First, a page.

National security wrap

The beat

Police criticised over response to minors who join terror groups

The case of ‘Islamic State bride’ Shamima Begum has raised interesting questions about the role and purpose of police in cases where minors join terrorist organisations. An advocate for Begum’s family, himself a former police superintendent, has alleged that the police failed in their duty of care to Shamima and those like her by gathering intelligence instead of looking out for their safety and wellbeing.

Nigerian police go without as electoral unrest persists

The Council on Foreign Relations has described the plight of police who provided security for the drawn-out Nigerian elections. Significant numbers of police were mobilised across the nation to ensure the safety of voters. However, many officers stationed at field postings were working without stipends, food or even proper accommodation. Nigerian police played a crucial role in minimising violence and making arrests in relation to electoral fraud.

Peruvian police tackle illegal gold mining

Police and armed forces have raided illegal gold-mining operations in Peru. Deforestation from illegal mining in the nature reserves of the Madre de Dios region has become an increasing problem over the past decade. The Peruvian government has declared a state of emergency and police will be based in the region for up to six months to improve security.


‘Queen of Ivory’ behind bars in Tanzania

A Chinese woman nicknamed the ‘Queen of Ivory’ was sentenced in Tanzania to 15 years in prison. Yang Fen Glan was charged with smuggling 860 elephant tusks valued at US$6.45 million. Since China banned the trade in 2017, interest in buying ivory within the country appears to have decreased, but there’s been an increase in ivory purchases among Chinese travelling overseas.

Tribal summit calls for border liberalisation in the US

A summit of 40 Native American tribes in Arizona has called for a streamlined system of access and identification for transborder communities. Speakers at the Tribal Border Summit said that traditional border crossings are essential to ancestral cultural and religious practices. Though there was a focus on US President Donald Trump’s southern border wall, tribal communities also live on the land borders with Canada and across the Bering Strait from Russia.

Drug seizures in New Mexico

US Customs and Border Police intercepted more than US$6.5 million worth of methamphetamine, cocaine, heroin and fentanyl on Saturday in two separate incidents at the city of Nogales on the US–Mexico border. The drug hauls come after Trump’s declaration of a national emergency to fund his border wall, which he has touted as a way to stop illegal drug importation. This is despite the fact that  80–90% of drugs enter the US through legal ports of entry.

CT scan

Hezbollah’s political wing added to UK terrorist list

The United Kingdom has decided to add the entirety of Hezbollah to a list of banned terrorist organisations. Hezbollah’s External Security Organization and military wing were already considered terrorist organisations by Britain, but Home Secretary Sajid Javid has now said the UK government can no longer distinguish between the military wing and the political party. People associating with Hezbollah in the UK may be imprisoned for up to 10 years.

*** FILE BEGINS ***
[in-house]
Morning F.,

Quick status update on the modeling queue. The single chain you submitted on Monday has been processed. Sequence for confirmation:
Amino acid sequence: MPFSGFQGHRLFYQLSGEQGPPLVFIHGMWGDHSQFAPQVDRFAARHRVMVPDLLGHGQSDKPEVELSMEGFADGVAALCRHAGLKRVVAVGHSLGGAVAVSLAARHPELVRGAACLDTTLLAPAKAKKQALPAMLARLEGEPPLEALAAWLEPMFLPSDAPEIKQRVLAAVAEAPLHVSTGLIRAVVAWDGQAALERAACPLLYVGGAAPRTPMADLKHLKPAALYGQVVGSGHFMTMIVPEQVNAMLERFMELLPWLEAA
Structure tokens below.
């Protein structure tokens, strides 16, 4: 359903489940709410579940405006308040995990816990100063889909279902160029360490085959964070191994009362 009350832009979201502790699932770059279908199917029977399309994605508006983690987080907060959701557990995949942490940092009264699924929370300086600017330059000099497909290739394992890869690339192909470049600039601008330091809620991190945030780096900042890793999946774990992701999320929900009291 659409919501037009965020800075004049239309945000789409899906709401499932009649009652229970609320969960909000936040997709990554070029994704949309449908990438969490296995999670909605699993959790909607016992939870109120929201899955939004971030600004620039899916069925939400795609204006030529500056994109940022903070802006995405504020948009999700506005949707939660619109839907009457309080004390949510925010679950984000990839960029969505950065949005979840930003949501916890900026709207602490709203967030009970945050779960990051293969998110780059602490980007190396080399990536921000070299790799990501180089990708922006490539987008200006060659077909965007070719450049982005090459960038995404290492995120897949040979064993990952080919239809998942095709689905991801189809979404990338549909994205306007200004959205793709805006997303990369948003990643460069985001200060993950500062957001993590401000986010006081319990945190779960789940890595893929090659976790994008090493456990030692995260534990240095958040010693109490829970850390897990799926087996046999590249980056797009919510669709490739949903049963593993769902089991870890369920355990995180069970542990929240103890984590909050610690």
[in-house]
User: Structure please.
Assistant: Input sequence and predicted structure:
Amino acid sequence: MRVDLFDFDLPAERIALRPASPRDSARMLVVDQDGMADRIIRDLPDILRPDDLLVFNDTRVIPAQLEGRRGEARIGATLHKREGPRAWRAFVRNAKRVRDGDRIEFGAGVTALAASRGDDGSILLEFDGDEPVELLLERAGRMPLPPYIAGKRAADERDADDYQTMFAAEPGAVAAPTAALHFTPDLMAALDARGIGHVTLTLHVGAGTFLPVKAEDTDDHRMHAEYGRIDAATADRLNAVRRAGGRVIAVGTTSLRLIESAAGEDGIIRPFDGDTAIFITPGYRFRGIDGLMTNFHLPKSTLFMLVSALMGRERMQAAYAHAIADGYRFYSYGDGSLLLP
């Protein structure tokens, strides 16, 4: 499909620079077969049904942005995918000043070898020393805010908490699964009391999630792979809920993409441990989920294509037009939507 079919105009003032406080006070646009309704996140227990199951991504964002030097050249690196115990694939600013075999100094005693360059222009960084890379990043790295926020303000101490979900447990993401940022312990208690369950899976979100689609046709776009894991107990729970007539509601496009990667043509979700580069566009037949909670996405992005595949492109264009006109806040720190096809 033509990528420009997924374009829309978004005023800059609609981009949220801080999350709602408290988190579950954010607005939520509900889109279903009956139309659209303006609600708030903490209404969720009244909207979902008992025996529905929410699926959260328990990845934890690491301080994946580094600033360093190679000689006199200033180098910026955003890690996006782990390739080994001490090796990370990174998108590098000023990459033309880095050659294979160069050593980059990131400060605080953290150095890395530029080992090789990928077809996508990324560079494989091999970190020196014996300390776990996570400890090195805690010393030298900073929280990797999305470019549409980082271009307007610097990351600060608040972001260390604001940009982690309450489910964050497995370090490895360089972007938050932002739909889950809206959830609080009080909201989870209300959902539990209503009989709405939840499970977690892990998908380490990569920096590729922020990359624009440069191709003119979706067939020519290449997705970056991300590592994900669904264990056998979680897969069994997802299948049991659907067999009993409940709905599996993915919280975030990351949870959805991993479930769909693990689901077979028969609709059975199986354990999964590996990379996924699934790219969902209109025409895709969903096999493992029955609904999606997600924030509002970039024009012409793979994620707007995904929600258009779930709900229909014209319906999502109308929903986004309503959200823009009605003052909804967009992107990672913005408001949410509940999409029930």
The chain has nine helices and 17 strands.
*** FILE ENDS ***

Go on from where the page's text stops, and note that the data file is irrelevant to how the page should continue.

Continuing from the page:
‘Voice of Paris terror attacks’ killed in Syria

A French jihadist linked to the November 2015 terrorist attacks in Paris has reportedly been killed in Syria. Fabien Clain became notorious after he was identified as the voice in a video that claimed Islamic State was responsible for the attacks. He was reportedly killed in a coalition airstrike at a camp in Baghouz, the last IS stronghold. US intelligence identified that Clain was in the Syrian camp three months ago. He was monitored for several days before the airstrike was launched.

Call for crackdown on US ‘eco-terrorists’

A fire at a Mountain Valley Pipeline construction site in the US state of Virginia is believed to have been lit by anti-fossil-fuel activists. Former US Army major general James Marks labelled the incident an act of ‘eco-terrorism’ and called on the government to take a harder line against environmental ‘extremists’. He also condemned ‘eco-terrorist tactics’ deployed in the Dakota Access Pipeline protests.

First responder

Prolonged drought continues to cripple Somalia

Somalia’s extreme drought is getting worse, with parts of the country receiving only 25–50% of average rainfall in the past year. Food and water shortages have left 725,000 people in need of humanitarian aid. Islamic Relief has launched an emergency response, but ongoing armed conflict has complicated the aid agency’s efforts.

Thousands displaced by conflict in Burkina Faso

Fighting between security forces and armed groups in the African state of Burkina Faso has displaced more than 100,000 people. Terrorist attacks and armed raids have spread from the nation’s north to the state capital and the southern border. The International Crisis Group reports that, for the first time since independence in 1960, parts of the country are no longer under government control.

Dial 112 for help in India

A new emergency response support system has been launched in New Delhi to allow people in distress to call a single emergency helpline number, 112, for access to law enforcement, fire, health and other services. Home Minister Rajnath Singh also announced the launch of an investigation tracking system for sexual offences, to improve the safety of women and children.